For Jacob Atalla, senior director of sustainability initiatives at KB Home, the nirvana of sustainable building is not just building net-zero homes—it’s building them affordably. He expects the industry to reach that point within the next 10 to 15 years. But the work—the construction—has to start now, he stresses. In other words, if you aren’t already offering net-zero homes to your buyers, you may not only be missing an opportunity, you may actually be slowing progress.

“We are building net-zero energy homes and offering them as an option to home buyers now, even though the demand for them, to a large extent, is still non-existent,” Atalla says. “We’ve initiated this so we can start organizing our suppliers and our trades, and even trying to get the volume in place, so we can be part of the market transformation going forward. Product pricing goes down with critical mass. We can encourage this critical mass by starting to build for it.”

According to Atalla, building net zero also helps bring awareness to the consumer by physically showcasing and demonstrating what is possible and, even more so, what is next. That, Atalla believes, will drive demand.

In fact, he has seen firsthand that exposure can drive demand and, ultimately, eliminate cost. In 2002, KB Home decided to introduce radiant barrier roofing material to home buyers in select markets. With some consumer education, Atalla says homeowners instantly saw the value of the energy-efficient roofing material, and take-rates went as high as 50% to 60%. In a matter of months, the company introduced the technology to all of its markets and started exploring ways to make it a standard offering. By streamlining down to one trade partner, KB was able to turn an energy-efficient option into a standard, no-cost feature in a mere nine months.

That example also highlights what Atalla thinks is another key component to achieving the goal of affordable sustainability—working closely with suppliers to find ways to drive out cost barriers. In some cases, that may mean the builder will not only have to initiate the conversation, but push to make it happen.

For example, when KB decided to make low-VOC paints a standard feature at no extra cost, its paint supplier said it wasn’t possible. But after going back to the supplier and asking them to dig deeper, the two companies found that something as simple as standardizing on one shade of white made low-VOC paint a feasible—and affordable—standard feature. In fact, as of last month, KB is in the process of transitioning to zero-VOC paint at no extra cost to the home buyer.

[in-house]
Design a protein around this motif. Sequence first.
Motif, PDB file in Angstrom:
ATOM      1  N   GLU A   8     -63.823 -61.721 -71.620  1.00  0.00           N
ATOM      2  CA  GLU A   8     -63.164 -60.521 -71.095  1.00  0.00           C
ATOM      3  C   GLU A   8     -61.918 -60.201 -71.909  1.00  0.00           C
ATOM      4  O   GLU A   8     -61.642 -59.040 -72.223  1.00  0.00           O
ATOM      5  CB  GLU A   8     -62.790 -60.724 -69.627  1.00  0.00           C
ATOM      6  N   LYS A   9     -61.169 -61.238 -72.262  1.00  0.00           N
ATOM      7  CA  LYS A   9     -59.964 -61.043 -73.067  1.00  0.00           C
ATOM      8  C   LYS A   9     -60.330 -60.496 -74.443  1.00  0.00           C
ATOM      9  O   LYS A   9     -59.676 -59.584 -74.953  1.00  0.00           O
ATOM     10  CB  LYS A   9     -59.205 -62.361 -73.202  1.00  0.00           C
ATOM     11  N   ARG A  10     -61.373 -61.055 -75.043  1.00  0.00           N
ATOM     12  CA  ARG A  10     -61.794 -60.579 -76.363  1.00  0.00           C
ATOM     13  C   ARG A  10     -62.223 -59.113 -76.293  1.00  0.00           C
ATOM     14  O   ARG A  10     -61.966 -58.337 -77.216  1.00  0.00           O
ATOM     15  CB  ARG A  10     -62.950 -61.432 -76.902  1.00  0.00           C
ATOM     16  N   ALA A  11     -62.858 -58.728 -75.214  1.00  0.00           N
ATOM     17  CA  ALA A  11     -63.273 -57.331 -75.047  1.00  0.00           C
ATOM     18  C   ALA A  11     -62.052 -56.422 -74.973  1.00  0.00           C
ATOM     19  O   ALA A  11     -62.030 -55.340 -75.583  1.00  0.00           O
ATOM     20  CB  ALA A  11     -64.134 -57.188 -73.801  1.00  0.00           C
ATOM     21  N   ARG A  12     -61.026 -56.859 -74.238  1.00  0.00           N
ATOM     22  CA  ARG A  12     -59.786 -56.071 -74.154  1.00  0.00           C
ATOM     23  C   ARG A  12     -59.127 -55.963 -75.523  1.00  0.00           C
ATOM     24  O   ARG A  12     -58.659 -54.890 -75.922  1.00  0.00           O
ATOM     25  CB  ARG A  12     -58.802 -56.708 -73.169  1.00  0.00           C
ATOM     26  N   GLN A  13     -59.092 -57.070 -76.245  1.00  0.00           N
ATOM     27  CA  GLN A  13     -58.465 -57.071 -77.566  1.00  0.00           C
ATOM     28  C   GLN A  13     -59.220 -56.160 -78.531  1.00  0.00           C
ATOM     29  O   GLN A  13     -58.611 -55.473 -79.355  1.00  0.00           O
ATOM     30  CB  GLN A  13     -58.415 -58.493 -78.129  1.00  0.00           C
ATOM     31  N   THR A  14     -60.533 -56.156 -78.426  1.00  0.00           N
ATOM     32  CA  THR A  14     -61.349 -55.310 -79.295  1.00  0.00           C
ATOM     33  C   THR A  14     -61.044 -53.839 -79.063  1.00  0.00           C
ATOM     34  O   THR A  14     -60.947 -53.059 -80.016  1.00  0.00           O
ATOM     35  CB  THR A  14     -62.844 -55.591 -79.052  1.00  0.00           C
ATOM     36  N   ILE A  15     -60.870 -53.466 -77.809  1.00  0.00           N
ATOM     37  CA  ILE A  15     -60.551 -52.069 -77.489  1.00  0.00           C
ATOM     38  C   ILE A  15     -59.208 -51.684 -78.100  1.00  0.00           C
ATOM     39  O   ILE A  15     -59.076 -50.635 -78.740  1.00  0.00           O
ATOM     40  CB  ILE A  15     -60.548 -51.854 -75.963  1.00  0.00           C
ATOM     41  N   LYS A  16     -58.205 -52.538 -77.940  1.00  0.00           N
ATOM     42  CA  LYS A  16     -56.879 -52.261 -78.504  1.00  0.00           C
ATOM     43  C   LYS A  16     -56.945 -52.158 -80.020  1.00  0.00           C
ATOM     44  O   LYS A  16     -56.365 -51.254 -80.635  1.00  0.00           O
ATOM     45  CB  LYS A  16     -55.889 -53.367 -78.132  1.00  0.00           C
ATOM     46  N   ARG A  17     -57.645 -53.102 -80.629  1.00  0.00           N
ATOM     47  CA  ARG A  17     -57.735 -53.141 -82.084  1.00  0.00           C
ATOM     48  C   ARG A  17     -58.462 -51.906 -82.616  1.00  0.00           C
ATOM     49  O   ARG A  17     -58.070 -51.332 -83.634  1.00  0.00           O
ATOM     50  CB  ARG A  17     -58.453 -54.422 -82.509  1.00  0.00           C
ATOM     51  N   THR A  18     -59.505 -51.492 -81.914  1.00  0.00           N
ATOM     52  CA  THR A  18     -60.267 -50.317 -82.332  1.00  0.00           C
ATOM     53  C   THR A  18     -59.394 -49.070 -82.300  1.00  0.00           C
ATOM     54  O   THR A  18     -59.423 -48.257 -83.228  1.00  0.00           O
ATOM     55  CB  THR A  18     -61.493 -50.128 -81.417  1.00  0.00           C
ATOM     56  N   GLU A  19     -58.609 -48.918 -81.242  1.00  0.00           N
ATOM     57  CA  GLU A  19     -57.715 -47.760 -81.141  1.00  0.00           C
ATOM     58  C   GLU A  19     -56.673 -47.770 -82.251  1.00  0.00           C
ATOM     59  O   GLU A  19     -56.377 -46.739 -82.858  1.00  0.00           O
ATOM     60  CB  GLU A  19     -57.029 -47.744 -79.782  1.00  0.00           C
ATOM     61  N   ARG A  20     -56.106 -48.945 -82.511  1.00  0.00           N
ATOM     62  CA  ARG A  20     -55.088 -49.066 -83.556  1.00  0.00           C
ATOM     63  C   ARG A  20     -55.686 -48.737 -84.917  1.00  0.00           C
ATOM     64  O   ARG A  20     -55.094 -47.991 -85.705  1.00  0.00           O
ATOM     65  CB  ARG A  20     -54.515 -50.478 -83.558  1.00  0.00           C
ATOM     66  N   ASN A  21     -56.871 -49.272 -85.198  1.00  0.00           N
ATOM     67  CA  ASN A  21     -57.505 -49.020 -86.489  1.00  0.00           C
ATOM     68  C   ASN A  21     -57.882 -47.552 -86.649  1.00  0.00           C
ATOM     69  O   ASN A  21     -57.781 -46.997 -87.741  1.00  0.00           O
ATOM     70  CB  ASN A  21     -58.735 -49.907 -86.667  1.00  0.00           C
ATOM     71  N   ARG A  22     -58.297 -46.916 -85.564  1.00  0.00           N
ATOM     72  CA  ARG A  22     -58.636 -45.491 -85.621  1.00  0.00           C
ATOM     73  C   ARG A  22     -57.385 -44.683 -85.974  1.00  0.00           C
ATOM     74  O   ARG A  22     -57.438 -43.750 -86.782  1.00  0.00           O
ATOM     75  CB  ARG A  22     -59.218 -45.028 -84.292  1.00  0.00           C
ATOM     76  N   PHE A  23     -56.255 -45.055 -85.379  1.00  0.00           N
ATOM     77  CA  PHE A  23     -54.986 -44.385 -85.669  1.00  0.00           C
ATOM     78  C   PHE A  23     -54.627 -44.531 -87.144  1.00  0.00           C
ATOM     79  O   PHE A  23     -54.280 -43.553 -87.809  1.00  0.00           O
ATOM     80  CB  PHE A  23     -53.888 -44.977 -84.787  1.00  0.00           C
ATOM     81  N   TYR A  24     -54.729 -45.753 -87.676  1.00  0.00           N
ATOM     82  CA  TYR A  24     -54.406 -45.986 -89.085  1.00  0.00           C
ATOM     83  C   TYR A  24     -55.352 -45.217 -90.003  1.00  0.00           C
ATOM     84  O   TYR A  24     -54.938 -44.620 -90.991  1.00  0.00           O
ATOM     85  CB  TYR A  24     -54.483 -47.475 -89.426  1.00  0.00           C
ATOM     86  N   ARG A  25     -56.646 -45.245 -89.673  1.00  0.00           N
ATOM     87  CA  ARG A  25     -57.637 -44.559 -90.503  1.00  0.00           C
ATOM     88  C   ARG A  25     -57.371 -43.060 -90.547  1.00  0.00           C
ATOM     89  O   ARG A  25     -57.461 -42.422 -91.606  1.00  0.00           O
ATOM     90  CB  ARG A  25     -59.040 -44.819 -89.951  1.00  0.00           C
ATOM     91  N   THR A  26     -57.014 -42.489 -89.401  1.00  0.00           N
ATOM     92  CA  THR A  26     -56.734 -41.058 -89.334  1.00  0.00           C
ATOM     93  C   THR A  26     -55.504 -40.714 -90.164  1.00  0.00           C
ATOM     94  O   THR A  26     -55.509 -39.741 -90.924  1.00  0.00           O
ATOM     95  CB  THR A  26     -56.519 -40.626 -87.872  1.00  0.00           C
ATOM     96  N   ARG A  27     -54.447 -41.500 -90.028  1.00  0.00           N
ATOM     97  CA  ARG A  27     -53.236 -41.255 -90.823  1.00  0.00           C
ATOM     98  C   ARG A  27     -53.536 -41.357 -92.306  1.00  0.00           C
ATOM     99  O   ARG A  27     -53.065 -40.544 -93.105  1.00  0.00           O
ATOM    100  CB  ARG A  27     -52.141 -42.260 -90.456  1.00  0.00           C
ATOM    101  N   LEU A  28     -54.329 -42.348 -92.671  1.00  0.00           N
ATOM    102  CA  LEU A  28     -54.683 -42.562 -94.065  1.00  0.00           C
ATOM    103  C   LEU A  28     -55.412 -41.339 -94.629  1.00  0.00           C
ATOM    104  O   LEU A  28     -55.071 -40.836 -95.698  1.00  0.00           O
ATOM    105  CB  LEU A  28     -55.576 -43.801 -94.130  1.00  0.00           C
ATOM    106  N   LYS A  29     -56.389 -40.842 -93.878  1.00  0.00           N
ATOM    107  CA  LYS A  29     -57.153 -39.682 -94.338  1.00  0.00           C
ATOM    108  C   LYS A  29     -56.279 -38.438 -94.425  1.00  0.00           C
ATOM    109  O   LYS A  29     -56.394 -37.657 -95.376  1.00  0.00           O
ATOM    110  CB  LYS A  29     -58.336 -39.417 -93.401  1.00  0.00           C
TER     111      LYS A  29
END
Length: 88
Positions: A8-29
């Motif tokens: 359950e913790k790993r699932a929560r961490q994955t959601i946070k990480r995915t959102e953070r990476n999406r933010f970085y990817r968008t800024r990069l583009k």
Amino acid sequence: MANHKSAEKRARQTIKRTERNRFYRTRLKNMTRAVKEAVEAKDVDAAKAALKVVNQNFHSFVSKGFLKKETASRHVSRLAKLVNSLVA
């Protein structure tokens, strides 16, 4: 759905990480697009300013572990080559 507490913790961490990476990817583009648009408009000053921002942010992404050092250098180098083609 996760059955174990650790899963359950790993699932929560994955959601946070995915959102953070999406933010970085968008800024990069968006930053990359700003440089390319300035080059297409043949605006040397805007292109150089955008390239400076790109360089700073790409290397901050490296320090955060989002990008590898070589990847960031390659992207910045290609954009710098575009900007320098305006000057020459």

Atalla feels the final component to making sustainable building affordable is for the industry to harmonize their efforts with utilities and the organizations that create policies, codes, and incentives. “All of us have to work together to harmonize all of these initiatives,” he says, “Whether it is from the utilities’ side offering incentives, or the code organizations—we all have to synchronize our efforts so that they align, and join forces to get this market transformation happening in an orderly fashion. That way we can avoid either overloading the market, or leaving the market without incentives to move forward.”

As for what is next, Atalla envisions a future where utilities and home builders will work together to design and build smarter homes that will take advantage of the smart grid. He also sees modernized appraisal and mortgage processes as well as increased attention to issues that go beyond energy efficiency, specifically indoor air quality and water efficiency.

“The challenge is how to get all of these advancements moving forward while maintaining the affordability of homes,” Atalla says. “As we all mature in how we look at sustainability and the home building industry—maybe using the 10 different focus areas that Vision 2020 has put together—I think we will find ways to continue to grow the efficiency of our product, keeping it affordable while at the same time making it more environmentally friendly.”